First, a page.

How do you instill compassion for an animal that most students have never seen and keep them engaged throughout the project?
The key was in making the project come alive. We needed to bring the experiences to our 2nd graders. The project came alive from the start with our entry event to the Imax Theater to see “Humpback Whales.” The inquiry had begun with an extensive Need to Know list in all of the classes.
We began our learning about whales, their features and what made them unique. Students then began researching different types of whales by using QR codes to access different articles and videos. They recorded their findings in a research template. Students used this to write a non-fiction book about a self-selected whale.
The rich vocabulary was made meaningful through the use of GLAD strategies such as a Cognitive Content Dictionary. Students made predictions about the word, recorded the actual meaning and created movements for each word. We also recorded our findings about each whale we studied on a process grid that was posted for reference throughout our project.
Midway through our project, we boarded a bus and headed to The Cal Academy of Sciences to see a featured exhibit on whales. Here we saw actual whale skeletons, baleen and learned about whale conservation.
We infused our learning about whales into our math curriculum as well. Our math unit focused on measurement. Students used non-standard units (whales) to measure their bodies and also applied their learning using rulers to create a whale of their choice using given measurements. We even used our bodies and laid end to end on our grass field to experience just how large a blue whale was!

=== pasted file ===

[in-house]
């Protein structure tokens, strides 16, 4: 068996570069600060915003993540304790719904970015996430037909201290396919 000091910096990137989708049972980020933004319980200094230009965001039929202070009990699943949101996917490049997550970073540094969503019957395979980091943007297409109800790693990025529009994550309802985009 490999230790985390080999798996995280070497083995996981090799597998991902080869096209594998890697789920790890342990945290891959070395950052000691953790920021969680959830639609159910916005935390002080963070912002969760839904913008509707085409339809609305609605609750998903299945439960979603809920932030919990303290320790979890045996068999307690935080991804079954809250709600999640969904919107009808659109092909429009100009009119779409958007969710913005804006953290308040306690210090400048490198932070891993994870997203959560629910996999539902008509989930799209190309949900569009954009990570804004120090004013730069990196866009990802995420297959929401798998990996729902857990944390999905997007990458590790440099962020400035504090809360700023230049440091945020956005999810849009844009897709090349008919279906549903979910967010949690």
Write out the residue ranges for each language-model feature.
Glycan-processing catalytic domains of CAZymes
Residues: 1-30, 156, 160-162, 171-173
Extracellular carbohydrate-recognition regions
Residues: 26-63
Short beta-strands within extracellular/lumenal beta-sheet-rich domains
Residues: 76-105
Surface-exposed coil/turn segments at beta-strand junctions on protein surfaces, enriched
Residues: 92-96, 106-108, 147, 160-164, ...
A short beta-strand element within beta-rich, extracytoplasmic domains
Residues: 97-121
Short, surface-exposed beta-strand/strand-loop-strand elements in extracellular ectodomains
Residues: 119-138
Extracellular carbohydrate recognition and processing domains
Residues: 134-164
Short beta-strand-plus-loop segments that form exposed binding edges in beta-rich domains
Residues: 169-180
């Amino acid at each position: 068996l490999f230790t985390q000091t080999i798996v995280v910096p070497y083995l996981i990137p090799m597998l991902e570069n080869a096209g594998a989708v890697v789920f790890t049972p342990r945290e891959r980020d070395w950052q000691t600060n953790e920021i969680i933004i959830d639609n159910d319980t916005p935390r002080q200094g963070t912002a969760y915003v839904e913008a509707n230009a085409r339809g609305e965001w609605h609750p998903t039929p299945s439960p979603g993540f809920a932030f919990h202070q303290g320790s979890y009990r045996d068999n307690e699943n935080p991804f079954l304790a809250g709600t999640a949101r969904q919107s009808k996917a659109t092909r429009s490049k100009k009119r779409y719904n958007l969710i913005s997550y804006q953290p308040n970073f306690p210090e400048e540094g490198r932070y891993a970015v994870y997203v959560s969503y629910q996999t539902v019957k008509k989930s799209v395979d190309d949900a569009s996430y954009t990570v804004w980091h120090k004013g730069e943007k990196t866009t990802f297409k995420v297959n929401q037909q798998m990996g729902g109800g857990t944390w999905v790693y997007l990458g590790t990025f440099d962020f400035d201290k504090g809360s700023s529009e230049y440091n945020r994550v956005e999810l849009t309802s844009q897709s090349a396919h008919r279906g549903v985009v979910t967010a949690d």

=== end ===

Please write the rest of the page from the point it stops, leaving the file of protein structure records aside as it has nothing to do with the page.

After learning about the plight of whales today and watching videos of whales entangled in fishing nets, we decided we wanted to do something to help. We adopted a whale from the Pacific Whale Foundation whose mission is whale conservation.
With exhibition upon us, the students were told they would create an interactive whale museum. “Let’s show how much milk a baby blue whale drinks in a day!” exclaimed a student. Thus, the task of collecting gallon milk jugs began.
Students demonstrated how blubber keeps a whale warm by having visitors put their hand in ice water and then compare after using a “blubber glove.”
They demonstrated how baleen whales capture krill in a simulation using a comb as baleen.
A comparison of the actual sizes of various whales was measured out by students and displayed on the wall.
Students were also proud to read and display their digital version of their informational whale book.
The most dramatic was the life size rendition of a blue whale’s heart.
Student reflection included some of the following:
- My favorite part was presenting that I know that blubber keeps the whales warm. —Ashley
- I liked people watching my book because other people learn about whales. —Daniela
- I thought exhibition was fun because lots of people came and I got to share my book. —Elijah
- My favorite part was talking about a baby blue whale can drink 50 gallons of milk a day. —Kimberly
- I learned blue whales are the largest animal. –Omar
- My favorite part was when we made our books and we showed our books to the upper grades because they didn’t know nothing about whales. –Geselle
As our project was ending, several students mentioned they were sad it was over. Some were going to continue the learning by checking out the whale books that were being returned to the library. One student mentioned she was going whale watching with her family over the school break to “find out more.” Sustained inquiry even after the project is over? A teacher couldn’t ask for anything more.